With time on our hands we put the bikes on the back of the car, brushed off the tent and sleeping bags and headed north to Ohakune. We got to the Mangawhero DOC campsite just outside Ohakune township about 3pm and were the only ones there. So we claimed the best spot and put up the tent. By evening the place was full. And the same thing happened the next evening, initially we were the only ones there and BANG completely full.
Early the next morning we headed to the start of the track.
In early January the weather was still variable (ie cold then hot) summer but for once it worked in our favour as it was an overcast day which made riding easier. The Old Coach Road is part of NZ Cycleways development and this a portion of the bigger Ohakune to Wanganui ride.
The Ohakune-Taonui-Horopito section of the road was covered with cobblestones to provide a firm surface and good grip for horses pulling coaches and construction works’ carts up the steep grades. It was an interim measure while the connection across the volcanic plateau on the main trunk-line from Auckland to Wellington was being constructed. For 2 years from 1906 to 1908 drays and carts carried supplies and materials for railway construction and coaches ferried railway passengers between the steadily advancing railheads. After that is was not needed and was not maintained and became overgrown.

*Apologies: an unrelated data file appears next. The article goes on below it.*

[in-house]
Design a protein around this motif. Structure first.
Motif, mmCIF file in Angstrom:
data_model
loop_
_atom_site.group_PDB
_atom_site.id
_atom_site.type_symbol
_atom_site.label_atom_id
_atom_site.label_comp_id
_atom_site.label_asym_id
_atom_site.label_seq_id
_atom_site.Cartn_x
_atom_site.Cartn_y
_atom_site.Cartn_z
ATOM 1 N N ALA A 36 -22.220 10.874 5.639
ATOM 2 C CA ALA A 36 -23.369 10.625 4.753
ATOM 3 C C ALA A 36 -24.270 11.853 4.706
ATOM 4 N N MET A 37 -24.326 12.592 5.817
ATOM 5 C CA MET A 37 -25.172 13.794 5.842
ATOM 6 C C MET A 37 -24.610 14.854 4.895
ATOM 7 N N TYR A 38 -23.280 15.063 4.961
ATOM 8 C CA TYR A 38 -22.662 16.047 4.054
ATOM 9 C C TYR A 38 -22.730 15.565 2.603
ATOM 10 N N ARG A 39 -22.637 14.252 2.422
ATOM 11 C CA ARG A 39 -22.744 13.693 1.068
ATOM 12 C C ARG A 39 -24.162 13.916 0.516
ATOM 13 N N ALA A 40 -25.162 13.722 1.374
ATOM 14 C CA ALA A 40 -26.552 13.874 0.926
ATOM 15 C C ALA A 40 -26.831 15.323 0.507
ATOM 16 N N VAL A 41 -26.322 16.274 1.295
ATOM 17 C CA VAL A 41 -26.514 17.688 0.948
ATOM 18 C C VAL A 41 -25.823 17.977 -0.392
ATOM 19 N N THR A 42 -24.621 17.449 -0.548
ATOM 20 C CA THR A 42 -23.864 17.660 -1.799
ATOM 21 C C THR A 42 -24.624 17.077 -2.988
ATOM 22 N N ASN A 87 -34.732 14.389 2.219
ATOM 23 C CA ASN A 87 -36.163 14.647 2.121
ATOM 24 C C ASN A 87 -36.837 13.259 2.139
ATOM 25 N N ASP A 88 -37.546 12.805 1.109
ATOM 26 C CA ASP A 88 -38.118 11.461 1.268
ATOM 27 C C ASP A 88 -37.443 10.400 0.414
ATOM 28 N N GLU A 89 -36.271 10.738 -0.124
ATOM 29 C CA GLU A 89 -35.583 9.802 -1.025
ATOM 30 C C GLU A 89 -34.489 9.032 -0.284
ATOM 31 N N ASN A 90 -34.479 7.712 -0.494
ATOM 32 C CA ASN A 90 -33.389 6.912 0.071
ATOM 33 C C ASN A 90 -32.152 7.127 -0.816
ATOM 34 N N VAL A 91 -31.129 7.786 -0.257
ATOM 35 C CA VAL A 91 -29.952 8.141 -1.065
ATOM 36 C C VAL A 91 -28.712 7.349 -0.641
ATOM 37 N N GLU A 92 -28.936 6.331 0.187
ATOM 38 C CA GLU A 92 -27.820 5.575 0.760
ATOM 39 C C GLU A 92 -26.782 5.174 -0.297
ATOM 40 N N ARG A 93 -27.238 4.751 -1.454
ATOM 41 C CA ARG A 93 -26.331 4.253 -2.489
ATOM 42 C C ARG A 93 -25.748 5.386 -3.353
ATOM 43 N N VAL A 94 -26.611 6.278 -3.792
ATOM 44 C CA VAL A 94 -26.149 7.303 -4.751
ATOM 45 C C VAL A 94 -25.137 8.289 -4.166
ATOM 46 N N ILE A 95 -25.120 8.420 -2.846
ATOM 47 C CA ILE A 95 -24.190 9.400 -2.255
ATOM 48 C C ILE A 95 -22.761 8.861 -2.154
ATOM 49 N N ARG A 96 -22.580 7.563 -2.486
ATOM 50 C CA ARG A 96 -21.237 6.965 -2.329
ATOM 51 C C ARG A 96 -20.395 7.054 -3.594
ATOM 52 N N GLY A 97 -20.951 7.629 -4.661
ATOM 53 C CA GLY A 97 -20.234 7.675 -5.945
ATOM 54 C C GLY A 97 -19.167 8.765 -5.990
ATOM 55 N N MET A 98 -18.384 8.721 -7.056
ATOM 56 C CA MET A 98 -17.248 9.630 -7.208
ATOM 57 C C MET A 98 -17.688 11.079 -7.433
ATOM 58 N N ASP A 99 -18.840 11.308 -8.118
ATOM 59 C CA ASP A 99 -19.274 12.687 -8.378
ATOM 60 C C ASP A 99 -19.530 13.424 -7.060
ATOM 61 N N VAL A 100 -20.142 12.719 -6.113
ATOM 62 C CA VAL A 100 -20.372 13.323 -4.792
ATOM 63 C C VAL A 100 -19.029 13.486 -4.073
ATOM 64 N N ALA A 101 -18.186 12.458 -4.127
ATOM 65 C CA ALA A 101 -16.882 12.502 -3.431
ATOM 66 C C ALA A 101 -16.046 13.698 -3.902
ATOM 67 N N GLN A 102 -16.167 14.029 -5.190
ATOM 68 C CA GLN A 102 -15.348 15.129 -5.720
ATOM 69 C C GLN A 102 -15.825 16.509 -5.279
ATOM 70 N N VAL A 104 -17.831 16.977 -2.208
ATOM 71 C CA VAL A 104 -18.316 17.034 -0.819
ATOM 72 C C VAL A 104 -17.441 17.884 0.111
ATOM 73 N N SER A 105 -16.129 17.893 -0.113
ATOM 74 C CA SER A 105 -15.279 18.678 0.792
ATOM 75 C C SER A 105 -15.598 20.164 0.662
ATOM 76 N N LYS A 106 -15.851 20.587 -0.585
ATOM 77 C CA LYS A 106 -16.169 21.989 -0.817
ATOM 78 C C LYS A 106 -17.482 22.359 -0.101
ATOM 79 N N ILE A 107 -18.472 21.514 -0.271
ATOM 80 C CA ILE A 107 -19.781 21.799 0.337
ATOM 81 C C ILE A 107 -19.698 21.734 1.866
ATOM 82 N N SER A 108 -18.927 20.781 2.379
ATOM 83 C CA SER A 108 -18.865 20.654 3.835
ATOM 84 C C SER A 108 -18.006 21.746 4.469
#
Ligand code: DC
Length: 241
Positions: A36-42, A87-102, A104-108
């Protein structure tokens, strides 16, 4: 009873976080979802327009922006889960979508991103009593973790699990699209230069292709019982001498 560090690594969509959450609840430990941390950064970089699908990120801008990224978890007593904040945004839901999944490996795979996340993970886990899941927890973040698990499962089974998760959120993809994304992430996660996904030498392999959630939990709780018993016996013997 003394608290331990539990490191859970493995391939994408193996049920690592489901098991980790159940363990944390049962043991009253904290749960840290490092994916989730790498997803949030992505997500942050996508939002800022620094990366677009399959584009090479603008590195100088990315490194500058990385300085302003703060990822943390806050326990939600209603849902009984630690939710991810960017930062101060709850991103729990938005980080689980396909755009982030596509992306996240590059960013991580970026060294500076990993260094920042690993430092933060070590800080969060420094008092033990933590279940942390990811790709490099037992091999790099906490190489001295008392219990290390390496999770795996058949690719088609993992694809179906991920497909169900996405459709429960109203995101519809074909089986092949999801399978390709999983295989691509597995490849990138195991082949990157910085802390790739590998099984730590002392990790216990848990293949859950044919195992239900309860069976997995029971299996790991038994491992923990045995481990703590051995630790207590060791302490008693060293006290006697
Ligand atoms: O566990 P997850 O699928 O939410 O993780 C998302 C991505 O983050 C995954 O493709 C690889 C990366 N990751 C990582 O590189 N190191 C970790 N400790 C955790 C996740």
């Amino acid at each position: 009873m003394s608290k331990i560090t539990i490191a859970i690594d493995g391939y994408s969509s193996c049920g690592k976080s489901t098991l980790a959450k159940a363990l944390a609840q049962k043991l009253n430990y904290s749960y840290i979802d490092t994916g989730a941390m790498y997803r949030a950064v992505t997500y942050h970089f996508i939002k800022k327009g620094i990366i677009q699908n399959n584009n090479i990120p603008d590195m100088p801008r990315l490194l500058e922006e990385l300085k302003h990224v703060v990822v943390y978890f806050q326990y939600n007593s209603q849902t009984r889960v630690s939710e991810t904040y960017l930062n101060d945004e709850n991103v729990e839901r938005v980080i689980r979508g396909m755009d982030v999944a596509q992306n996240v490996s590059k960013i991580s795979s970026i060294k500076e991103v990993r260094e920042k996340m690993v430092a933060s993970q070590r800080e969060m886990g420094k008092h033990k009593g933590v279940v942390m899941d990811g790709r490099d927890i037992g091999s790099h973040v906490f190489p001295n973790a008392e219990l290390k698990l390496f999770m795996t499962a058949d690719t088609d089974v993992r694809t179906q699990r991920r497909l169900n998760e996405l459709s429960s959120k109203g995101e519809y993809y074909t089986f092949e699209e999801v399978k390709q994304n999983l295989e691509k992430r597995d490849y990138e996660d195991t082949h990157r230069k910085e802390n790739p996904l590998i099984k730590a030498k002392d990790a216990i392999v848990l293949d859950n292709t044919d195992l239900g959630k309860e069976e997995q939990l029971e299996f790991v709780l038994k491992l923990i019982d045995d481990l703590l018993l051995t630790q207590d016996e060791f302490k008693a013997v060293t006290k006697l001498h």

The ride from Ohakune to Horopito is only 10 or so kilometres, but is generally uphill and combined with stopping to take photographs it took us nearly 3 hours to reach Horopito. At this point we wondered how we would cope going back again, because we had not realised we were going uphill. The return journey took less than 1.5 hours, but we were a bit knackered and were rather pleased to see the car!
At Horopito we had hoped to have a coffee before the return journey. But it turned out there was nothing at Horopito – it’s more a mark on the map as opposed to an actual settlement. It DOES however have a claim to fame, as Horopito Motors was the setting for the 1981 movie Smash Palace. There are over 15 acres of vehicles, collected over 60 years including rare Bedford, Austin, Singer and Chrysler models.
So with no coffee refueling we headed back to the track. Just as we got there we saw a van-load of cyclists who had been transported from Ohakune. So we sprinted off and didn’t see them again – they probably did what we did at the start and took lots of photos. We felt more righteous having done both directions!
The view from the tent wasn’t too shabby.
And before heading back to wellington we did a walk to Lake Rotokura. A nice walk but a rather murky green looking lake.